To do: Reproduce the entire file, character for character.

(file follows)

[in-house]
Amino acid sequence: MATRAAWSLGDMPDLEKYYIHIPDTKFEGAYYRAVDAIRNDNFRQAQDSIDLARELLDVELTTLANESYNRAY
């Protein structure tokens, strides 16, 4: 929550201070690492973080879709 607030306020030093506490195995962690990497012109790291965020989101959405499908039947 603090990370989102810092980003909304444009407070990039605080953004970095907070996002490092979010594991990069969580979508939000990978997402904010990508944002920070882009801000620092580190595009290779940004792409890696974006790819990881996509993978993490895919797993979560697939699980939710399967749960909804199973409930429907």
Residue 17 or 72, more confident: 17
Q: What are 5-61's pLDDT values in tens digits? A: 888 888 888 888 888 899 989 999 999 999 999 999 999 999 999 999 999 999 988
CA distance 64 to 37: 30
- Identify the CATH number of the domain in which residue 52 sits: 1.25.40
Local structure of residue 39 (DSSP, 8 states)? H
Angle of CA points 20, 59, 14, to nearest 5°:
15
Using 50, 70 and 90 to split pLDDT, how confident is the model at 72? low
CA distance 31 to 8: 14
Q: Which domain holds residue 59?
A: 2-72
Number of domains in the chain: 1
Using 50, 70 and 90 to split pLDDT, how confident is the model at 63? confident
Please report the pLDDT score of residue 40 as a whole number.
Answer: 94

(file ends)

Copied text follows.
[in-house]
Amino acid sequence: MATRAAWSLGDMPDLEKYYIHIPDTKFEGAYYRAVDAIRNDNFRQAQDSIDLARELLDVELTTLANESYNRAY
């Protein structure tokens, strides 16, 4: 929550201070690492973080879709 607030306020030093506490195995962690990497012109790291965020989101959405499908039947 603090990370989102810092980003909304444009407070990039605080953004970095907070996002490092979010594991990069969580979508939000990978997402904010990508944002920070882009801000620092580190595009290779940004792409890696974006790819990881996509993978993490895919797993979560697939699980939710399967749960909804199973409930429907």
Residue 17 or 72, more confident: 17
Q: What are 5-61's pLDDT values in tens digits? A: 888 888 888 888 888 899 989 999 999 999 999 999 999 999 999 999 999 999 988
CA distance 64 to 37: 30
- Identify the CATH number of the domain in which residue 52 sits: 1.25.40
Local structure of residue 39 (DSSP, 8 states)? H
Angle of CA points 20, 59, 14, to nearest 5°:
15
Using 50, 70 and 90 to split pLDDT, how confident is the model at 72? low
CA distance 31 to 8: 14
Q: Which domain holds residue 59?
A: 2-72
Number of domains in the chain: 1
Using 50, 70 and 90 to split pLDDT, how confident is the model at 63? confident
Please report the pLDDT score of residue 40 as a whole number.
Answer: 94